Nathaniel Langdon Frothingham

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Gentleman of the Frothingham Family 1983.17.2.jpg

Nathaniel Langdon Frothingham (23 July 1793 – 3 April 1870) was an American Unitarian minister and pastor of the First Church of Boston from 1815 to 1850. Frothingham was opposed to Theodore Parker and the interjection of transcendentalism into the church. He also wrote sermons, hymns, and poetry.

Early life[edit]

Nathaniel Langdon Frothingham was born on July 23, 1793, in Boston, Massachusetts the son of Ebenezer Frothingham and Joanna Langdon. He attended Boston Latin School under the charge of Samuel Hunt. He graduated from Harvard College in 1811 at the age of eighteen and gave a commencement speech entitled "The Cultivation of the Taste and Imagination," which was described by Dr. Pierce as "written with purity and pronounced with elegance."


In 1812, Frothingham became the first Instructor of Rhetoric and Oratory at Harvard.[1]

On March 15, 1815, Frothingham became an ordained Minister of the First Church in Boston. He remained there until March 1850.[2]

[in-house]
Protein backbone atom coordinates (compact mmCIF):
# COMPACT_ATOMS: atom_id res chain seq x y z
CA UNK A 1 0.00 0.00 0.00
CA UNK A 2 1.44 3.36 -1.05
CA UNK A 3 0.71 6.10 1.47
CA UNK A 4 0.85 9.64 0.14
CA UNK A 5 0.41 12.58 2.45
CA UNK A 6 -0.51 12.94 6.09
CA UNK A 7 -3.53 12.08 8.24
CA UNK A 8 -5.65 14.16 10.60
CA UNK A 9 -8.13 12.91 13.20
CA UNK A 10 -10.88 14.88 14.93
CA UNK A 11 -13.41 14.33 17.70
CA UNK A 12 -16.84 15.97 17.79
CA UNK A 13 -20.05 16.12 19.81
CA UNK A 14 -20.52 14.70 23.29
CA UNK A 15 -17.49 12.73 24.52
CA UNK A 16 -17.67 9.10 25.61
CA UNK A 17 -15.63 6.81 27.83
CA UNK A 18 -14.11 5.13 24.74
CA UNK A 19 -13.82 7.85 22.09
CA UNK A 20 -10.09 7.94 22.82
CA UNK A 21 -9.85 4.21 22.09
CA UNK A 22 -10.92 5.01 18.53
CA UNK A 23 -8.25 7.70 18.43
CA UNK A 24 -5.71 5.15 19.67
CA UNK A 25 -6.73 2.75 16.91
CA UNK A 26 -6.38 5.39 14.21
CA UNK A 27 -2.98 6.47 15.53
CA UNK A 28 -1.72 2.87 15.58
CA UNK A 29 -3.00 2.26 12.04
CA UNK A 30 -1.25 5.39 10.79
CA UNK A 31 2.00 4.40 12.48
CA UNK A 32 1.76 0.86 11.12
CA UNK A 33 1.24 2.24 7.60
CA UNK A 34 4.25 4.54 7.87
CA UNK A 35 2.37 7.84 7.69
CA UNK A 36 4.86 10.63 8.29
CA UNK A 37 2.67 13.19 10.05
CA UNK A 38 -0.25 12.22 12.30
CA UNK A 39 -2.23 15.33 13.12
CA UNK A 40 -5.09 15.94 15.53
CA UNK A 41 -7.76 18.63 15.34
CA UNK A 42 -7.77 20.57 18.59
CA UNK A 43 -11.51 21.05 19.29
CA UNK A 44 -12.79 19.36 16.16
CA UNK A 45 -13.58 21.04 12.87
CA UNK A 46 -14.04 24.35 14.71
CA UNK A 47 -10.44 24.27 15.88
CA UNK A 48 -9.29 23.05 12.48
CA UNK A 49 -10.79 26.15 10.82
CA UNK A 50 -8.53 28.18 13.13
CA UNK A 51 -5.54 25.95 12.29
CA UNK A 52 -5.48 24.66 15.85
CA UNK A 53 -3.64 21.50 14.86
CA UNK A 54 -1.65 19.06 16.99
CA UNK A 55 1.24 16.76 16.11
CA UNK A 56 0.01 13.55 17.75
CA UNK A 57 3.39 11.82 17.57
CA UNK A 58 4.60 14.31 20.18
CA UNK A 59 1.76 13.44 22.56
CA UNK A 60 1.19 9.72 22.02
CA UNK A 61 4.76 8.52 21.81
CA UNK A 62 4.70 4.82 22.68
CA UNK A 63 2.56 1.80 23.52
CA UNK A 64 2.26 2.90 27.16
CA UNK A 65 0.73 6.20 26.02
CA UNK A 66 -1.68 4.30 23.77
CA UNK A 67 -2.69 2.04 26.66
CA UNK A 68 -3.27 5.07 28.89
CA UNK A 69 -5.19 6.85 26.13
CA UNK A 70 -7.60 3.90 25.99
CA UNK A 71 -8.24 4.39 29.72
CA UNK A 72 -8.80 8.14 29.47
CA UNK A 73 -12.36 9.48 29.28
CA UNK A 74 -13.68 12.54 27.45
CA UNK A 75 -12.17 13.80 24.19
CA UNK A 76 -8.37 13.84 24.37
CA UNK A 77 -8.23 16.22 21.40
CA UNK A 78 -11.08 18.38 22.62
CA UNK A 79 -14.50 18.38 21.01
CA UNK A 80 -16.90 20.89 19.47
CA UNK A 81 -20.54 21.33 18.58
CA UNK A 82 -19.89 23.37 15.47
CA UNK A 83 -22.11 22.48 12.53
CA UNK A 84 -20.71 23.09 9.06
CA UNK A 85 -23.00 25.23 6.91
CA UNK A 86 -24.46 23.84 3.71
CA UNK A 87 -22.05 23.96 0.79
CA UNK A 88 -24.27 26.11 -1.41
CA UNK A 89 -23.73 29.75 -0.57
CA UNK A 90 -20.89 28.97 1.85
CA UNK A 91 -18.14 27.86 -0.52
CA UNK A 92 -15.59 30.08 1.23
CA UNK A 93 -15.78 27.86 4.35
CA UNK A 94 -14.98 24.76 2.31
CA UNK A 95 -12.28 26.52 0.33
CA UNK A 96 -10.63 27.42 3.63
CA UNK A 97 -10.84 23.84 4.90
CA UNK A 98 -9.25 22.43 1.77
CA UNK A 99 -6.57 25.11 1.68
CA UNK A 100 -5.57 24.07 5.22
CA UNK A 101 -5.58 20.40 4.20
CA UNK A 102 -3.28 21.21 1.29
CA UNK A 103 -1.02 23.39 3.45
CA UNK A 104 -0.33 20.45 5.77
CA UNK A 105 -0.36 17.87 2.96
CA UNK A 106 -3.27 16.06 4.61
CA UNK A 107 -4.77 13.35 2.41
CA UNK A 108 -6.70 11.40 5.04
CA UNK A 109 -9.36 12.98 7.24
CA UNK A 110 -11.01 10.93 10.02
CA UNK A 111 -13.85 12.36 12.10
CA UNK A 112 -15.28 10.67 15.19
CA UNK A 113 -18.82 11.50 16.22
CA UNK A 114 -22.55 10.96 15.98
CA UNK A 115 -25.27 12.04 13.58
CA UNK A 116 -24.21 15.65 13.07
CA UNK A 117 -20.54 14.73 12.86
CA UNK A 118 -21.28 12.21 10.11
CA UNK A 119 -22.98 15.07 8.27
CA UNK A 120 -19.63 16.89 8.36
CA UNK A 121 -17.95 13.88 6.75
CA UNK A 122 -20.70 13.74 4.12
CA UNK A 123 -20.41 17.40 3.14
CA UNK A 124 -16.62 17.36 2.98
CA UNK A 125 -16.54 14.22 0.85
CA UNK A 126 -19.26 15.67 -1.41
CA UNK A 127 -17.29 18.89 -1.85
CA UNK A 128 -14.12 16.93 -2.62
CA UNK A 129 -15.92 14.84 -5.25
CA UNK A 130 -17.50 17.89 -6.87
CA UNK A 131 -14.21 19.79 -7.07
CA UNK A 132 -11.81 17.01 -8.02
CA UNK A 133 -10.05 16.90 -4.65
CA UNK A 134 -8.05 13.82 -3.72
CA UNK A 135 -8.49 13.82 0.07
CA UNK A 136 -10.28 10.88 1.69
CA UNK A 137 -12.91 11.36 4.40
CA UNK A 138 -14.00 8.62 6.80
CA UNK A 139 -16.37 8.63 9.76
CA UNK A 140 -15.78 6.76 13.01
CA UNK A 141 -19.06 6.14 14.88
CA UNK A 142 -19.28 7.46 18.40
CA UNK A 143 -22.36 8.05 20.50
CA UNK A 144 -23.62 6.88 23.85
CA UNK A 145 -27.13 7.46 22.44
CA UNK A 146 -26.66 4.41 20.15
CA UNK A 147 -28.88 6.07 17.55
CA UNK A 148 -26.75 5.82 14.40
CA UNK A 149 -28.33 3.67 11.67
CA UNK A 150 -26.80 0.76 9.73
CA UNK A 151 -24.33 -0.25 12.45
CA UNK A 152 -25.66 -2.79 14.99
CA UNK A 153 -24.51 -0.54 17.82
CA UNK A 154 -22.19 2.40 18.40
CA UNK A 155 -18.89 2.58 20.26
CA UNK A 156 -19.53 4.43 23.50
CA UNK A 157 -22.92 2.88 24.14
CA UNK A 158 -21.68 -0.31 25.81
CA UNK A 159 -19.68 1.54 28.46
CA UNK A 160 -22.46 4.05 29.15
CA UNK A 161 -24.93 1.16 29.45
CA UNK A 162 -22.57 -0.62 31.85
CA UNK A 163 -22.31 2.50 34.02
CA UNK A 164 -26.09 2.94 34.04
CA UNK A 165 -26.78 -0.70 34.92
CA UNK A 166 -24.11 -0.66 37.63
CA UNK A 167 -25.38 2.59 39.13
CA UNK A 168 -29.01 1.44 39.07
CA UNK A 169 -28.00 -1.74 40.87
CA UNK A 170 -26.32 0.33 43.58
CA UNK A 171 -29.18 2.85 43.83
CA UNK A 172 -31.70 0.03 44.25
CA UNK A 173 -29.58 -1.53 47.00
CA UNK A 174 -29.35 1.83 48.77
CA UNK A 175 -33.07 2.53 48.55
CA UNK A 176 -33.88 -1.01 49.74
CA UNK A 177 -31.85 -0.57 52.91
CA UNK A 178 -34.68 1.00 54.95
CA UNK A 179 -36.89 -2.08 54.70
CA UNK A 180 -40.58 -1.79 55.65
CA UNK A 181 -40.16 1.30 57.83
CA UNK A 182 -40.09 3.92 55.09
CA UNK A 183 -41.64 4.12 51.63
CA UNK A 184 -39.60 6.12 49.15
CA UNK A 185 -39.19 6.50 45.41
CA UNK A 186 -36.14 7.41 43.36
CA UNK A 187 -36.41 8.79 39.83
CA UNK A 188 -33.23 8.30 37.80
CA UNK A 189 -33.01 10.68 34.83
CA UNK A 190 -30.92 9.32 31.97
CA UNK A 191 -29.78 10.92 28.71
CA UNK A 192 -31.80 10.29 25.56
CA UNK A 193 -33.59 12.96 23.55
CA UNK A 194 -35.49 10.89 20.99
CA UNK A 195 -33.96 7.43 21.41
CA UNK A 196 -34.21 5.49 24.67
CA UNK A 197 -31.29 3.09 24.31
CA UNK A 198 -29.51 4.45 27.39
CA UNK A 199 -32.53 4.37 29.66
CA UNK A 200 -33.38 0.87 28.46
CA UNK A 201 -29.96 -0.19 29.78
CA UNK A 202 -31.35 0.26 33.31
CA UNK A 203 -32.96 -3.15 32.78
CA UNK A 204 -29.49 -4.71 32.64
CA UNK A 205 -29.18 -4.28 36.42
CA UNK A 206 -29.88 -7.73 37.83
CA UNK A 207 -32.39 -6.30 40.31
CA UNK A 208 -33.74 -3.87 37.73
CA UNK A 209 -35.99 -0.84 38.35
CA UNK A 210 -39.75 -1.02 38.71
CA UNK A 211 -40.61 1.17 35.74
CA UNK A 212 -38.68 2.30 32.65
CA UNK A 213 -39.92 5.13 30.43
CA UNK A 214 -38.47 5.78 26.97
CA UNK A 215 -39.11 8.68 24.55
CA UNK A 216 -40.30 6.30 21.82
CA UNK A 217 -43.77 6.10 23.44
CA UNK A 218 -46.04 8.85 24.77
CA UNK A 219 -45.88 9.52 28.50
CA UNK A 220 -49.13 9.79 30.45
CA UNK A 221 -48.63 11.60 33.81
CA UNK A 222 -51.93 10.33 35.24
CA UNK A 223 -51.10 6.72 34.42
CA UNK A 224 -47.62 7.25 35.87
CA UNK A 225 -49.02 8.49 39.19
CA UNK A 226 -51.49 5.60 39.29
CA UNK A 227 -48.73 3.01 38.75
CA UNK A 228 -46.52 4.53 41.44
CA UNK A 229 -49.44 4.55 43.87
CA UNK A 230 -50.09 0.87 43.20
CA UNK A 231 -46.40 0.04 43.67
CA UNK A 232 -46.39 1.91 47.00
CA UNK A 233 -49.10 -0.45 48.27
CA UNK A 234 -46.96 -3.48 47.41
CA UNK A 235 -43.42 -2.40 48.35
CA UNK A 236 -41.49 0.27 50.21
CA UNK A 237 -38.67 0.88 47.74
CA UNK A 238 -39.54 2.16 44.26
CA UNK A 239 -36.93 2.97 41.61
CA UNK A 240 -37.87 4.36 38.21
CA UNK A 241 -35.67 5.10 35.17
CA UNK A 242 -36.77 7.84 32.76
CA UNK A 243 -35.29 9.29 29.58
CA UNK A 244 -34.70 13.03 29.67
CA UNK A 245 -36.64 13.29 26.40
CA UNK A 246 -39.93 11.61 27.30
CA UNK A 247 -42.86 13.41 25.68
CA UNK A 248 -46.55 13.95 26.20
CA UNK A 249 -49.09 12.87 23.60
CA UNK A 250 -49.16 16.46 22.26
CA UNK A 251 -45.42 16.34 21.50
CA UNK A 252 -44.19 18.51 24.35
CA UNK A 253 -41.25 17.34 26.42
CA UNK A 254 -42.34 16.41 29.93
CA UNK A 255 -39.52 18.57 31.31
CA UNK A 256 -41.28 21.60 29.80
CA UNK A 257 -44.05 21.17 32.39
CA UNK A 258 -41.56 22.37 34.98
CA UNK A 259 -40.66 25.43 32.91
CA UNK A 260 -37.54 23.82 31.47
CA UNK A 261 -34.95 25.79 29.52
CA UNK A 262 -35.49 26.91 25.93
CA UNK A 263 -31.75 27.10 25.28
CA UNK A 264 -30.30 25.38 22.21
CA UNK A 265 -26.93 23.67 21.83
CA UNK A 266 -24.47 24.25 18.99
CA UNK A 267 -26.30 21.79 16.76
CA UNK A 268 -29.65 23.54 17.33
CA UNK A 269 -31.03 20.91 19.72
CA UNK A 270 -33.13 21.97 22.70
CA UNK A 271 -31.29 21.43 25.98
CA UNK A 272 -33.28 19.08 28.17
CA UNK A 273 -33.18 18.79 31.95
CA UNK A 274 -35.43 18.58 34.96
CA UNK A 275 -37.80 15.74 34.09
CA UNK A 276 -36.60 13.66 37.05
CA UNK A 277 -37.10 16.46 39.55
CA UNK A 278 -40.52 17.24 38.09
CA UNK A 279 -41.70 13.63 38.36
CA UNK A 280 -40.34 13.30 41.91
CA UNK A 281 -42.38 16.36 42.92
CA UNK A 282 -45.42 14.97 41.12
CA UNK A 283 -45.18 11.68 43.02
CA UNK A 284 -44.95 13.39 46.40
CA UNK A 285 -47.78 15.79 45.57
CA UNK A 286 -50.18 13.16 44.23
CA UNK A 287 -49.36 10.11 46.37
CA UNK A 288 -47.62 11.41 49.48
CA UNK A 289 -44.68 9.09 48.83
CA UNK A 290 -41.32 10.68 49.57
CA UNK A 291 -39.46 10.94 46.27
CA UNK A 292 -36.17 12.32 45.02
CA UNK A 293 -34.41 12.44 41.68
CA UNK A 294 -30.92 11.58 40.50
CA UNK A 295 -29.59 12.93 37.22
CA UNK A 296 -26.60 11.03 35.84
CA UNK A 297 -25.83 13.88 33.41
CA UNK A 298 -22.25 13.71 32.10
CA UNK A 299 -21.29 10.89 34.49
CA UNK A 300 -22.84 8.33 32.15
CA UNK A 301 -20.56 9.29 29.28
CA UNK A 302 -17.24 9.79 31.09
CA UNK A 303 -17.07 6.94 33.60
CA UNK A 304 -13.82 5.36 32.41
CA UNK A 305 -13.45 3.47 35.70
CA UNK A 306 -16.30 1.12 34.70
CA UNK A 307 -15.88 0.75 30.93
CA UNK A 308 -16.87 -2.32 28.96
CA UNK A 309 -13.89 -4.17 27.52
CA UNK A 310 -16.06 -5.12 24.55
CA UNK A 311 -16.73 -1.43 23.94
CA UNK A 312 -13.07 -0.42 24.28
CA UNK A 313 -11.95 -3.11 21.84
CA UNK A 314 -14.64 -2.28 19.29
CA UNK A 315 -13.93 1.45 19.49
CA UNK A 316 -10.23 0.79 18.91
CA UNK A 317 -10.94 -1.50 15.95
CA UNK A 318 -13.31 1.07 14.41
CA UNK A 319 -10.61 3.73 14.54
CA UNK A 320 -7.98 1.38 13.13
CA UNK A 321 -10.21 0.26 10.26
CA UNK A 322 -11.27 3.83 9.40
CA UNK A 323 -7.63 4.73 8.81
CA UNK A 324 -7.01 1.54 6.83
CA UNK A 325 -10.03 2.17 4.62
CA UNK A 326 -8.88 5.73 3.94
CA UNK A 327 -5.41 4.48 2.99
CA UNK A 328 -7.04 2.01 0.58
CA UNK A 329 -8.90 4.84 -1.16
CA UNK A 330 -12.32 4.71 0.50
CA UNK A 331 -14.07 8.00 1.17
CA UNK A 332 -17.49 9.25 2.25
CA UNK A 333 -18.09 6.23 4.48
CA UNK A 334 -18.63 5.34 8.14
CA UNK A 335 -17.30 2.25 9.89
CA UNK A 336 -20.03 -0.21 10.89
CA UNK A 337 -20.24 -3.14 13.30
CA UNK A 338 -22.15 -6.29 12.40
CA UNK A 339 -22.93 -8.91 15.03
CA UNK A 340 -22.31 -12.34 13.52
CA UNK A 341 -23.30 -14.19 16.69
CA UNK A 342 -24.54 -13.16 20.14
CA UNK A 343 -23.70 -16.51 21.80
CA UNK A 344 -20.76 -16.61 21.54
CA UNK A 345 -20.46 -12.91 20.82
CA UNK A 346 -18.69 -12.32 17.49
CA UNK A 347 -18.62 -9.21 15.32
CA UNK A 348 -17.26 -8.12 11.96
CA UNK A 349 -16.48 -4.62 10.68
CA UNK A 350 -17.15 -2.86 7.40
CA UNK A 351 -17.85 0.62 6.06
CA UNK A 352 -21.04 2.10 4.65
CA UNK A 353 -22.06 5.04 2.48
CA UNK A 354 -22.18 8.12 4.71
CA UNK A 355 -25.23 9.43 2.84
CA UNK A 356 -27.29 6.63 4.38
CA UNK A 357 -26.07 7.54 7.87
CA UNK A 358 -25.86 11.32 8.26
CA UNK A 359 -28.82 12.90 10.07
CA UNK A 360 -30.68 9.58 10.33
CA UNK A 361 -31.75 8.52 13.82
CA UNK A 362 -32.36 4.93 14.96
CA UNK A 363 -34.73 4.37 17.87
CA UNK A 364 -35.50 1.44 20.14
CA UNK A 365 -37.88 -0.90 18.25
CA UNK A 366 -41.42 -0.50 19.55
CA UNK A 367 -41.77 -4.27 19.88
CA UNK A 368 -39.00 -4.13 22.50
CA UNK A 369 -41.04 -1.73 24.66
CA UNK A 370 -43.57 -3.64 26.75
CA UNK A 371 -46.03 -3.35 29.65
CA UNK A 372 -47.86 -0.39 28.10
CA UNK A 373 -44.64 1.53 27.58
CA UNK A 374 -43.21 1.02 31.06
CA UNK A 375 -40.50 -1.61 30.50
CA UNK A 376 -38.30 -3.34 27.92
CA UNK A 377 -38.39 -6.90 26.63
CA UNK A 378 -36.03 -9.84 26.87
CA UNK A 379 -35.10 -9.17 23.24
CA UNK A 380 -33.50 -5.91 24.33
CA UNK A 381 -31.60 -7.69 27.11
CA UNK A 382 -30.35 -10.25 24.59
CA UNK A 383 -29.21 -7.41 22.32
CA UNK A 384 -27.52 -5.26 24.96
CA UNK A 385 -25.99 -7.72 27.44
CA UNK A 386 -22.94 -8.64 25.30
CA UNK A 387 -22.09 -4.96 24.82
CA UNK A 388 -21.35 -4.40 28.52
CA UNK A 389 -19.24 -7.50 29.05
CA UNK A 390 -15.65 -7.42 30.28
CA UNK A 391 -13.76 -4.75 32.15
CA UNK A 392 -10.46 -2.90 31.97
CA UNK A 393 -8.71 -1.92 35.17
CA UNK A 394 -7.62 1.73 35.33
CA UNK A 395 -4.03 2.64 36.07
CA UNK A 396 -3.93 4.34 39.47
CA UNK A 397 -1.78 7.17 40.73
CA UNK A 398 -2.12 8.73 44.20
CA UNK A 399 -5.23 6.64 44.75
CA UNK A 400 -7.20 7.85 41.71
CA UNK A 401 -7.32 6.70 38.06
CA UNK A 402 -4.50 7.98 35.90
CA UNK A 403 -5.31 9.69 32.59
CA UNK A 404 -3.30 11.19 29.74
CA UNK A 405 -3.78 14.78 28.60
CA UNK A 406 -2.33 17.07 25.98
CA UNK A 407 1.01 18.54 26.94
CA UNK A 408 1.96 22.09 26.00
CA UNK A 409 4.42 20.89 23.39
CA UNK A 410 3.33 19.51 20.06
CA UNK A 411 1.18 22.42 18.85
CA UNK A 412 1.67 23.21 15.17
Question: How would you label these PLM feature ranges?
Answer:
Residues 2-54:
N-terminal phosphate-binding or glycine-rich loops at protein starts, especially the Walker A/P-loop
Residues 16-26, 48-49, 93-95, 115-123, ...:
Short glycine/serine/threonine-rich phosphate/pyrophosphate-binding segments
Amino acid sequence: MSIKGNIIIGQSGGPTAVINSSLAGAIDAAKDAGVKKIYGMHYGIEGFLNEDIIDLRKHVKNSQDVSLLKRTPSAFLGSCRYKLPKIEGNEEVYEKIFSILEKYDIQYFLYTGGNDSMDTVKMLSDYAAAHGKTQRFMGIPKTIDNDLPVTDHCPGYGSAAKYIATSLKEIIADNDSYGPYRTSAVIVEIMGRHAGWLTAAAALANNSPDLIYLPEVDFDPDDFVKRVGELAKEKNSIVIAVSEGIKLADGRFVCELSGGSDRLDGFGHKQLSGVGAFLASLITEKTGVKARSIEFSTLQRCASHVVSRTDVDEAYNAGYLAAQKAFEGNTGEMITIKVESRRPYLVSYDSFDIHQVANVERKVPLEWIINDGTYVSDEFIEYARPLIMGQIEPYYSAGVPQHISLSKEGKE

Frothingham had been five years in the pulpit when the Unitarian controversy broke out. The American Unitarian Association was formed in 1825. In March 1835, the twentieth anniversary of his settlement in the First Church, he preached:

This is known by the name of the Unitarian controversy; and in so Darning it I believe that I am giving utterance, for the first time in this desk, to that party word. This alone is saying not a little in illustration of the spirit with which the offices of religion have been here conducted. ... We remained almost at rest in that earthquake of schism. ... We silently assumed the ground, or rather found ourselves standing upon it, that there was no warrant in the Scriptures for the idea of a threefold personality in the divine nature; or for that of atonement, according to the popular understanding of that word; or for that of man's total corruption and inability; or for that of an eternity of woe adjudged as the punishment of earthly offences; or indeed for any of the peculiar articles in that scheme of faith which went under the name of the Genevan reformer. ... We have made more account of the religious sentiment than of theological opinions.[3]

The dependence was on miracle. Frothingham said, in a sermon on the "Manifestation of Christ":